Tim Warrington finds himself bewitched by the charms of a Countess he meets in Venice.

"There is no such thing as 'Spaghetti Bolognese'."

Our cruise manager announced this during her nightly briefing in the forward lounge. I'd been on the River Countess less than 48 hours when Louisa unhinged my culinary world with this revelation. I winced and covered my ears as I felt a million English dinners disappearing in a vapour of mistaken identity.

I imagined my tomatoes back home dangling forlornly from the vine, and my basil withering with every syllable she uttered. "It's ragu," she said, as I tuned back in. "Italians would never put meat sauce with spaghetti."

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Full marks for information and reason I thought, but what's for dinner?

Another exquisite a la carte offering in the ship's sumptuous aft restaurant as it turned out.

It was my first cruise and she was a beauty. Uniworld's 10-day "Gems of Northern Italy" had quashed every preconceived notion of cruising I'd ever had.

They operate an international fleet of 17 exquisitely appointed luxury floating boutique hotels. Their brochure says "You deserve the best" and who was I to argue? "Alright", I thought to myself, "give it to me."

And they did — right down to the decanters of top shelf spirits in my suite, personal Nespresso machine and nightly assortment of chocolates.

The well-stocked minibar was a constant temptation as I passed to the marble bathroom with his and hers sinks, rainwater shower and Hermes toiletries.

My initial fears of Celine Dion muzak piped to every corner of the ship and the razzle-dazzle of nightly talent shows were quickly allayed as we boarded the vessel. Not a squeak of My Heart Will Go On, or a ship's magician in sight.

The River Countess is a classy lady.

The 130-passenger ship was filled with light and colour — and original Picassos. Other ships in the fleet boast original works by Degas and Matisse — originality is the finest form of luxury, they say.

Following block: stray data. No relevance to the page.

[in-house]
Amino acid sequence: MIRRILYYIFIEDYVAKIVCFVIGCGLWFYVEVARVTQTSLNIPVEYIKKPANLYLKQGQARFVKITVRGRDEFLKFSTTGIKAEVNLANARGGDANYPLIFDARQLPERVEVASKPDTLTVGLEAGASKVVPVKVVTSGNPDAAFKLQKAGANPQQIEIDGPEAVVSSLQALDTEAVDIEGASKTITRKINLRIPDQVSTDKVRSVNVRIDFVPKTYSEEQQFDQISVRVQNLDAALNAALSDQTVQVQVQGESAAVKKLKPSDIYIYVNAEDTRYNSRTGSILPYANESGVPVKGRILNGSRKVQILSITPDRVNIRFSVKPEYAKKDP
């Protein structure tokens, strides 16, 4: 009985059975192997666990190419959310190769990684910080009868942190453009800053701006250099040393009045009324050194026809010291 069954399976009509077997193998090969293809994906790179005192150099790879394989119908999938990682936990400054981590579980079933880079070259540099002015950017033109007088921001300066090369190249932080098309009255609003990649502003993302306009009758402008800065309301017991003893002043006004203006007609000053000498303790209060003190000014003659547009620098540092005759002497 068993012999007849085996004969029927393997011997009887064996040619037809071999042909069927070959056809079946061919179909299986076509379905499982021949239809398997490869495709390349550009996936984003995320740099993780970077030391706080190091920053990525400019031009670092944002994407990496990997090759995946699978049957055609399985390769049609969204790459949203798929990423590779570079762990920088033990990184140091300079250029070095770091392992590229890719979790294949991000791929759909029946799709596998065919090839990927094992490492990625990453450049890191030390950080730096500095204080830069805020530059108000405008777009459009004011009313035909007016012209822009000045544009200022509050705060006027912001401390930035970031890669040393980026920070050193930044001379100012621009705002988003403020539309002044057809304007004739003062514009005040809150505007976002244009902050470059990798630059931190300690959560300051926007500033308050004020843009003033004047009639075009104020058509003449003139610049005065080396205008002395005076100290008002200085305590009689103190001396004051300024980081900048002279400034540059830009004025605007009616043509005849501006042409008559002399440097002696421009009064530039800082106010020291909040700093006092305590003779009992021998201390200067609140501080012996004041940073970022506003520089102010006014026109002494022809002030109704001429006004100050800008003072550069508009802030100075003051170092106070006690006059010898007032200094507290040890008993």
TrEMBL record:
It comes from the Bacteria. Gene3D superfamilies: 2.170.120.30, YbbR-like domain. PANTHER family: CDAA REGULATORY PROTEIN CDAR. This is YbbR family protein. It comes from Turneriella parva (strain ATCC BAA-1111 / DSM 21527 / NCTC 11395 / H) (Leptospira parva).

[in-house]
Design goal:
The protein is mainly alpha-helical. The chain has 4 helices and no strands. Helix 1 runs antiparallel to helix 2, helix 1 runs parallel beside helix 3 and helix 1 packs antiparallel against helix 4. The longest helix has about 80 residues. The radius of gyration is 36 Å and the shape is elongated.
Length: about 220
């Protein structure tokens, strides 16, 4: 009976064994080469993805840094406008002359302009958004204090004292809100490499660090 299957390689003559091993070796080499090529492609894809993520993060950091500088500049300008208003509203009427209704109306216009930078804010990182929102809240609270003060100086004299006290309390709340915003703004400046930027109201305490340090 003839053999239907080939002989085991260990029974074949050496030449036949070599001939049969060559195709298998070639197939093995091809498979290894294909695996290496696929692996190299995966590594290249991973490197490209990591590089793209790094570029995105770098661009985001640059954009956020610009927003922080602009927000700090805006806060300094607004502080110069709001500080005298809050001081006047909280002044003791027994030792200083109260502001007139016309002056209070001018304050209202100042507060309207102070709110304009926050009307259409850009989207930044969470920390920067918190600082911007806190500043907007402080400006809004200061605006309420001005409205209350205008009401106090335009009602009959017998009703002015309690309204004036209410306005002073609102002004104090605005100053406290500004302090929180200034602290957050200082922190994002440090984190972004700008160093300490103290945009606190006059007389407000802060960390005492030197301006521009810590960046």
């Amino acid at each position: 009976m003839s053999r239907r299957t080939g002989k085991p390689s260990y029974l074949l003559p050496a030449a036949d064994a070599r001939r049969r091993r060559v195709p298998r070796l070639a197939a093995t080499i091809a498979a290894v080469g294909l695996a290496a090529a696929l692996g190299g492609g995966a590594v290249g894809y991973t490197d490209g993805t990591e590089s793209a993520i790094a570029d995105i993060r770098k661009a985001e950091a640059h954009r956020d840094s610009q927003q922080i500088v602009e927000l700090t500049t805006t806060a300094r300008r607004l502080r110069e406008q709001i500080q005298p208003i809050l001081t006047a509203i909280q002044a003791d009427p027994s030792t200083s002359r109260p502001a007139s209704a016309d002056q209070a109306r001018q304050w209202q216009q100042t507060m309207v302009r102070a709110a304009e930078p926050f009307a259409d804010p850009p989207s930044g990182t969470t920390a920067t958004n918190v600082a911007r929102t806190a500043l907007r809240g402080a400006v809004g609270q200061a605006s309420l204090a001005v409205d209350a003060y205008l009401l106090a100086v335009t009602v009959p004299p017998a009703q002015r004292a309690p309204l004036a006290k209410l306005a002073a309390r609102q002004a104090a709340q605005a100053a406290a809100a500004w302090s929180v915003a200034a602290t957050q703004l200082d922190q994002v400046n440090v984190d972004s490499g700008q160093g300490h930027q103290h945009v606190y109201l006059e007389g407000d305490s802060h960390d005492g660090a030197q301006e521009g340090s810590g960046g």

Muted shades of turquoise complemented by soothing cream, taupe, and white accents created a luxurious and sophisticated environment.

The only sound: the swish of the butler's tails as he sabred a champagne bottle. Not a flipflop in sight and everything just as it should be — except for the spag bol, which I'd forgotten at the first sip of the most divine Aperol Spritz.

I was still giddy with excitement at seeing the Duomo and The Last Supper in Milan, when we arrived in Venice.

Within seconds of boarding I had already scheduled my teary goodbye. I knew it was going to be hard leaving. Venice: it was love at first sight.

Of course, I had seen it on television and in magazines, but once I'd boarded the River Countess I realised I was about to experience Venice from the best seat in the house. What better way to visit a city hugged by the ocean than by wining, dining and reclining on the water. We were moored right in the thick of it — a short walk to Piazza San Marco. Our ship — our quiet haven of tranquility — was smack-bang in the centre of one of the busiest, most beautiful cities in the world — with all of its delights, just around the corner.

The little touches on board had wooed me, but so did the grand gestures on dry land. We experienced a private tour of Saint Mark's Basilica, accompanied by our resident historian, Susan, who provided a fascinating commentary on the history of the church, its breathtaking mosaics and the ancient crypt below.

Another guided tour: to the Doge's Palace to gaze upon murals by Tintoretto and Titian, not to mention the exquisite Bridge of Sighs. King for a day — or week — never sounded so right.